These werewolf movies are guaranteed to make you "howl" with delight, or your money back*.
25. Werewolf Hunter: The Legend of Romasanta (2004)
From Paco Plaza, director of [REC] (the movie that inspired Quarantine), comes this artsy and ambitiously ambiguous tale based on the true story of Manuel Romasanta, the so-called "Wolfman of Allariz." Arrested for killing 13 people in the 19th century, Romasanta was Spain's first documented serial killer; his defense consisted of his claim that he suffered from a curse that turned him into a wolf.
24. The Night of the Werewolf (1981)
Known as the Spanish Lon Chaney, Paul Naschy (Jacinto Molina) has played the tormented werewolf character Waldemar Daninsky in a dozen films, and The Night of the Werewolf (AKA El Returno del Hombre Lobo) -- about Daninsky battling his former vampire master -- might be the best of the bunch. In true Naschy fashion, it features a silly story full of hammy melodrama, cheesy effects and gratuitous nudity, but the quick pace and prolific, bloody action make this more enjoyable than most.
23. Moon of the Wolf (1972)
This smart, character-driven made-for-TV movie about a killer werewolf loose in a small Louisiana town plays like a murder mystery, with intriguing characters and twists, before the big reveal in the final 10 minutes.
22. An American Werewolf in Paris (1997)
While it pales in comparison to the original -- in part because the wonderfully constructed makeup effects are reduced to cheesy computer graphics -- An American Werewolf in Paris maintains An American Werewolf in London's sense of humor and actually provides a more in-depth storyline.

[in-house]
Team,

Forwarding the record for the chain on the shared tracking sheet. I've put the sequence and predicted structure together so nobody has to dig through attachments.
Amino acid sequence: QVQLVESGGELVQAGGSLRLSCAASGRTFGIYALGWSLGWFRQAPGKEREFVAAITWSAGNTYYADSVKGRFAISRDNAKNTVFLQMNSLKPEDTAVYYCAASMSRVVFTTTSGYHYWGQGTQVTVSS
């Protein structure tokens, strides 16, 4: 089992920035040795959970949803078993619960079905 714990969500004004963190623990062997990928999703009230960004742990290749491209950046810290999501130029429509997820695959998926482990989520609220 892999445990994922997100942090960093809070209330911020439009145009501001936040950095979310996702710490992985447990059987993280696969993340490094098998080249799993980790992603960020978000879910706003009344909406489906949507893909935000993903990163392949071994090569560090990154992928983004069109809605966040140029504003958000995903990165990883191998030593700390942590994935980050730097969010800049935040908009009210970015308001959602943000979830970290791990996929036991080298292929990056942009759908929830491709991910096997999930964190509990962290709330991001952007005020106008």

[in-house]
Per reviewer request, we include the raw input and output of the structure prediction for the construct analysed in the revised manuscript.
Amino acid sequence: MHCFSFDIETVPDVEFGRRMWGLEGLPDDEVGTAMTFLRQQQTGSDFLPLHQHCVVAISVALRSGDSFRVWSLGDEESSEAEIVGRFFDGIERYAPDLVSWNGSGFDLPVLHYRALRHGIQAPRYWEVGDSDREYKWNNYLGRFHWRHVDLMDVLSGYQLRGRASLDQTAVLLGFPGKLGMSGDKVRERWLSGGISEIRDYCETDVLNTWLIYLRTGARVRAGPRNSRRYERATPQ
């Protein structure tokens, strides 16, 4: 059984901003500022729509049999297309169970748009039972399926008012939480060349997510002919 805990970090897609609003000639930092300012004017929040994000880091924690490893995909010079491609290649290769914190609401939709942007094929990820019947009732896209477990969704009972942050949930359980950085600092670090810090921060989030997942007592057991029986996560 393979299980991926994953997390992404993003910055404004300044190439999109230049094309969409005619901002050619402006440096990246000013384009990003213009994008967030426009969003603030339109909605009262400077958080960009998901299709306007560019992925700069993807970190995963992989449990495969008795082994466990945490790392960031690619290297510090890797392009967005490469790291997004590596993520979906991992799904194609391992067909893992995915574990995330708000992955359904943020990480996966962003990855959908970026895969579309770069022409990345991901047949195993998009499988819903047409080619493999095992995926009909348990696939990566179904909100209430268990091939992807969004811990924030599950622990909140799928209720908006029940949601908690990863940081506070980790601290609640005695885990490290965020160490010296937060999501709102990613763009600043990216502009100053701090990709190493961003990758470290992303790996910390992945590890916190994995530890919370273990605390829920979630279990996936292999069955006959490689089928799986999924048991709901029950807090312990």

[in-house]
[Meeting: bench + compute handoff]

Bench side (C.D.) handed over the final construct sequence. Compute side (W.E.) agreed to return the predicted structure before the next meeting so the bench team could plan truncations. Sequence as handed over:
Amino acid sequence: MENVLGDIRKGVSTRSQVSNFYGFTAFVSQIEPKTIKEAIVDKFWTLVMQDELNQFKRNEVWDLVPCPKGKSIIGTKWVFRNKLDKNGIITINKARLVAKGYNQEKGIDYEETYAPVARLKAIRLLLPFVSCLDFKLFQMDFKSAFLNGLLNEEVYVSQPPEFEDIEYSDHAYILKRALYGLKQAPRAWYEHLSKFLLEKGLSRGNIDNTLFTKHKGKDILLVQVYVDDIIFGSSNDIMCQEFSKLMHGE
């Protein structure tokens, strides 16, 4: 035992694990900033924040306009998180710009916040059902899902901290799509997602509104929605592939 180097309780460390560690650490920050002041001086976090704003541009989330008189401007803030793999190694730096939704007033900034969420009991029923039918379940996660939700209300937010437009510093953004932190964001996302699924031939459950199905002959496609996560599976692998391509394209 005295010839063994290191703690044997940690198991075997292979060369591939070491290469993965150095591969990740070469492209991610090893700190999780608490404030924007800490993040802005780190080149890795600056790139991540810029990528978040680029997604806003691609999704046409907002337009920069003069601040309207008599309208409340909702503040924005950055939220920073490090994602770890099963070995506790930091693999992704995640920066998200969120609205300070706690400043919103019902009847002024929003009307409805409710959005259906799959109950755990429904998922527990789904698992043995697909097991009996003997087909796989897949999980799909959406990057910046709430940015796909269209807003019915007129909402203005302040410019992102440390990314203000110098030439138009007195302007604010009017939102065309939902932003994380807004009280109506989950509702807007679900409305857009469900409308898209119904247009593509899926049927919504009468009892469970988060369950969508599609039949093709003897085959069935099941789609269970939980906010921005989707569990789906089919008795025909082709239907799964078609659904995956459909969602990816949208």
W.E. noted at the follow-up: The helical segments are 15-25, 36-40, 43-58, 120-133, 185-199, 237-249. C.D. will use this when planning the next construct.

21. Blood and Chocolate (2007)
As much romantic drama as horror, Blood and Chocolate is unusually refined and mature for a film based on a teen novel. This was Twilight before Twilight and succeeds where that more popular vampire film falters: with strong writing, dreamy cinematography and likable, well-rounded characters.
20. Ginger Snaps 2: Unleashed (2004)
The second film in the Ginger Snaps trilogy barely features sister Ginger, instead focusing on Brigitte, as she's locked in a rehab facility for her addiction to wolfsbane, which is keeping her growing lycanthropy at bay. The film's tone is kept light by Brigitte's new oddball sidekick, fellow patient Ghost, who helps provide a powerful twist ending.
19. Underworld: Evolution (2006)
The continuation of the werewolves-versus-vampires epic Underworld features a less cohesive plot but maintains the original's style and hectic action.
18. The Curse of the Werewolf (1961)
An early entry in Britain's legendary Hammer Films' gothic horror entries of the mid-20th century, The Curse of the Werewolf is unusual in that the werewolf (Oliver Reed) isn't bitten but rather was conceived as a werewolf. The movie spends an inordinate amount of time on the werewolf's childhood and upbringing, providing for a dramatic story with strong characters and acting that make up for a lack of action.
17. Wild Country (2005)
Poor lighting hinders an otherwise strong low-budget effort from Scotland with a simple yet effective plot about a group of teens camping in the Scottish Highlands who discover an abandoned baby and end up being pursued by werewolves. The unorthodox, bear-like creatures are designed by the same man responsible for the werewolves in Dog Soldiers.